Wednesday, November 28, 2012

Teddy Bear (November 30th and December 1st at the Cleveland Cinematheque)

[TEDDY BEAR screens Friday November 30th at 9:40 pm and Saturday December 1st at 7:25 pm at the Cleveland Cinematheque.]

Review by Bob Ignizio

Dennis (Kim Kold) is a soft spoken semi-pro body builder trying to find the inner strength to match his outward musculature in the pleasant enough Danish film TEDDY BEAR (10 Timer til Paradis, which translates as “10 hours to Paradise”). When we first meet Dennis, he's out on a date with an attractive blonde woman who he met at the gym. Sadly, Dennis has no “game”. In fact, whatever it is that Dennis has, it's the opposite of game.

That Dennis' date doesn't go particularly well sits just fine with his mother Ingrid (Elsebeth Steentoft), who has come to rely on Dennis continuing to live at home and taking care of her. While this arrangement may be convenient for mom, it's far from healthy for Dennis, who desperately wants to cut the apron strings but lacks the courage to do so.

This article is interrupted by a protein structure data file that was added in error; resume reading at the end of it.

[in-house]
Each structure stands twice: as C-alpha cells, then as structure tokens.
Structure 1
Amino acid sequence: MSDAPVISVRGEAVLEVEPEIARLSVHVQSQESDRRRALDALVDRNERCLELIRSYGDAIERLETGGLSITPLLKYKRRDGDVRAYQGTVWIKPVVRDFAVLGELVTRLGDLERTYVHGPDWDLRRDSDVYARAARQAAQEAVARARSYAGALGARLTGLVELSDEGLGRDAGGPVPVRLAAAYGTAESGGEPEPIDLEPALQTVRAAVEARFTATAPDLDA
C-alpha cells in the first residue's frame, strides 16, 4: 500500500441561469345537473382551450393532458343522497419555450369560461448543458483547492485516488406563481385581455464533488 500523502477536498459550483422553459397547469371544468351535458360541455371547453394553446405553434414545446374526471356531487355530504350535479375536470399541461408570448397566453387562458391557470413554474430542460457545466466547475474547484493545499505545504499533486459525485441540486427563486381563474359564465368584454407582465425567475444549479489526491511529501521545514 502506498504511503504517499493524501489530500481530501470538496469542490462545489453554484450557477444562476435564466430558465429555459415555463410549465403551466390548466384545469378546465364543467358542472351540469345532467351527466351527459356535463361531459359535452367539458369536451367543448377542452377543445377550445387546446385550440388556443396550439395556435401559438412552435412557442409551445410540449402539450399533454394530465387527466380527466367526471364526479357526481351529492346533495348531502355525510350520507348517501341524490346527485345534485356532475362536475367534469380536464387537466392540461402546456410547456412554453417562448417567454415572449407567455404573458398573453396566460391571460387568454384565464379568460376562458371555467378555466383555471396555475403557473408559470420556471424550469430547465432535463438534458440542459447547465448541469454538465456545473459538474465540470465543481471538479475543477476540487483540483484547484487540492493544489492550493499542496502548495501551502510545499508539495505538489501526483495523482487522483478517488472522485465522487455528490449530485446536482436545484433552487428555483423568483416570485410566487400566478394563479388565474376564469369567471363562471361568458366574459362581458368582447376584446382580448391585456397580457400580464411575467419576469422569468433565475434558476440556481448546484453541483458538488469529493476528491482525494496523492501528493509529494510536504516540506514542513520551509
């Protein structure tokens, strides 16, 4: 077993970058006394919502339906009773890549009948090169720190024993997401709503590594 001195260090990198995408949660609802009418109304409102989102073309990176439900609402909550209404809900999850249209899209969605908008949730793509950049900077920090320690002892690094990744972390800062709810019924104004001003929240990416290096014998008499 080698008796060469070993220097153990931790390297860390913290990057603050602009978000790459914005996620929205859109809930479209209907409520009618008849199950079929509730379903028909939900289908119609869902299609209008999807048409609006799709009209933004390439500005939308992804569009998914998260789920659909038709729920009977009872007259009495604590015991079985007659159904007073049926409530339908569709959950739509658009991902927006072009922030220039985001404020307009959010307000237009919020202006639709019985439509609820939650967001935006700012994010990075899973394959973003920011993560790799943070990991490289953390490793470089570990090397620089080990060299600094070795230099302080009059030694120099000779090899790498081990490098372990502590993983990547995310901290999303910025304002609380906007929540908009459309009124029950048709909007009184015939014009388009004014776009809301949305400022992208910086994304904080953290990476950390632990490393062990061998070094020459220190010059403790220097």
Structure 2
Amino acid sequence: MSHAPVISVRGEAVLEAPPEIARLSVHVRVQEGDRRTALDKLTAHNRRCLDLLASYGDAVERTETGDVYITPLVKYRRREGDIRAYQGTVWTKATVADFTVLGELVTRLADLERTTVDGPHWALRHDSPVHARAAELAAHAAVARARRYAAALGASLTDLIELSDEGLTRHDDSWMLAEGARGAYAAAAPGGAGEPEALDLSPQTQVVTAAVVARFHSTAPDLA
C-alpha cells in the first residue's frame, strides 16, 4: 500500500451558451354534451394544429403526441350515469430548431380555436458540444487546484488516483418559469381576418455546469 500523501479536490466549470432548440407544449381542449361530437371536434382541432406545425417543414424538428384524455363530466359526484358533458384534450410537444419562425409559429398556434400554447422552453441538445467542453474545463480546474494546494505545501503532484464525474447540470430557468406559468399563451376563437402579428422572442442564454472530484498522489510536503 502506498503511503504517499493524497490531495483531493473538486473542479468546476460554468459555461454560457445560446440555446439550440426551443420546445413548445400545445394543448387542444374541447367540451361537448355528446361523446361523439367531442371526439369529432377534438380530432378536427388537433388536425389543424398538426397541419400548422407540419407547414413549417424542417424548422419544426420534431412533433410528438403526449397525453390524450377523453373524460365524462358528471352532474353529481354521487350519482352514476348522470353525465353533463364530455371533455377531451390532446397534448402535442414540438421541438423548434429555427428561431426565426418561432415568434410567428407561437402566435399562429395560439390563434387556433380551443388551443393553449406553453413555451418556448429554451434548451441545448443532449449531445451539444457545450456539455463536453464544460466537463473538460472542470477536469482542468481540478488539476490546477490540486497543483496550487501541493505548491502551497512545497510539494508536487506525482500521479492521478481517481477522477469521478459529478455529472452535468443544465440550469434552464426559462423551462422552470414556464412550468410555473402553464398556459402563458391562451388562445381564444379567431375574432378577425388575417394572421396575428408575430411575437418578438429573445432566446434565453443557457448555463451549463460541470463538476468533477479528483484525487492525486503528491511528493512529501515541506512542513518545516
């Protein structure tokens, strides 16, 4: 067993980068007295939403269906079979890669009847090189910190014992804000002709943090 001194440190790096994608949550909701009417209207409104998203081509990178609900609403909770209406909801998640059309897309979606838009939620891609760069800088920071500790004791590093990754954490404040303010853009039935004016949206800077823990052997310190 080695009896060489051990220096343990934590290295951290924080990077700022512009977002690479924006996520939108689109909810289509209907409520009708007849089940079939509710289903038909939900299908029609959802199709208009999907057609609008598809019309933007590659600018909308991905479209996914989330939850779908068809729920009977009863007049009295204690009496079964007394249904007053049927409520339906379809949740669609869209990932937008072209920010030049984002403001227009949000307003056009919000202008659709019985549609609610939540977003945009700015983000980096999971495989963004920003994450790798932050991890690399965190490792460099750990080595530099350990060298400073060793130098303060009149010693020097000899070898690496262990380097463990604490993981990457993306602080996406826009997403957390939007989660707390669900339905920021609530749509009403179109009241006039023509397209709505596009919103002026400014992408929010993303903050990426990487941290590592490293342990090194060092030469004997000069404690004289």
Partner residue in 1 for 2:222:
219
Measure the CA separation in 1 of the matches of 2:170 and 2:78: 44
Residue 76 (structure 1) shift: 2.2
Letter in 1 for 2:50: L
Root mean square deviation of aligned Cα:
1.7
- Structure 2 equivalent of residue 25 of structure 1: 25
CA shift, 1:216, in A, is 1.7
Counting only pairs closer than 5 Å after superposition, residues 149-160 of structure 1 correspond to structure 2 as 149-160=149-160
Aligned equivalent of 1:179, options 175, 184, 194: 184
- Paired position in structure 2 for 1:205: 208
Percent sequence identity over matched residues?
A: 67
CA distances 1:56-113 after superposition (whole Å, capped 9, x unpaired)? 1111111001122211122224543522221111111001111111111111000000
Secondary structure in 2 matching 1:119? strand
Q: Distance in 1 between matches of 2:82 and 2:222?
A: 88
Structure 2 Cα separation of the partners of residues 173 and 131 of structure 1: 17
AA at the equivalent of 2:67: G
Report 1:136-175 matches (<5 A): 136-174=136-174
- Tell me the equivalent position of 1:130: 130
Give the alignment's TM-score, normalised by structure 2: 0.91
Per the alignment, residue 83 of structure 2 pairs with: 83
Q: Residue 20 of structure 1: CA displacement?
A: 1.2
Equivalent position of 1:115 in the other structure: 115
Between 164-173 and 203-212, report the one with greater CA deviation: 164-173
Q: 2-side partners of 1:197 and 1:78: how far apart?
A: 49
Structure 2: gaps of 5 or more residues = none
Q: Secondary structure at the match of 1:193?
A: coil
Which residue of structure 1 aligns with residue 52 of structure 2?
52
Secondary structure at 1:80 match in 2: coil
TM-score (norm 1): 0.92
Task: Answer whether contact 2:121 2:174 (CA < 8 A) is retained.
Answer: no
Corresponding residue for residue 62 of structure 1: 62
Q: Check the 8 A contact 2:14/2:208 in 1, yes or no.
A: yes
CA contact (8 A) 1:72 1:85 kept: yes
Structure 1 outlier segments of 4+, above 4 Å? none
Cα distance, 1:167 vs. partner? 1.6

Possible salvation comes from Dennis' Uncle Bent (Allan Mogensen), who has recently married a Thai girl. In gratitude for some heavy yardwork Dennis helps him with, Bent offers to send the shy muscle man to Thailand where, he assures him, the girls are much easier to talk to.

Once Dennis arrives in Thailand (after lying to mom and telling her he's in a body building competition in Germany), it soon becomes clear why these girls are so easy to talk to: the broker who helped arrange Bent's marriage is essentially a pimp, and the girls more or less prostitutes. It's not quite what Dennis had hoped for, but not wishing to be rude he tries to make the best of things.

In the meantime, even on vacation a bodybuilder has to work out, and while doing just that at a local gym Dennis meets the owner, middle aged widow Toi (Lamaiporn Sangmanee Hougaard). The two genuinely connect in a big way, but for the relationship to go any further Dennis must overcome his shyness and reluctance to stand up to his mother.

There are no wacky hijinks, and the prostitution aspect of the story never gets played up for its exploitation or titillation value as it surely would have been were this a Hollywood film. The performances are all understated and believable, and even Dennis' mom ultimately comes across as more sympathetic than shrewish. TEDDY BEAR isn't a big movie either in terms of action or themes, but it is a very good small movie. It has no real aspirations beyond wanting to tell a nice story about a nice guy and deliver a few chuckles along the way to its nice ending, and it does just that in a satisfying way without any cloying artificial sweetness. 3 out of 4 stars.

As published on Examiner.com

 

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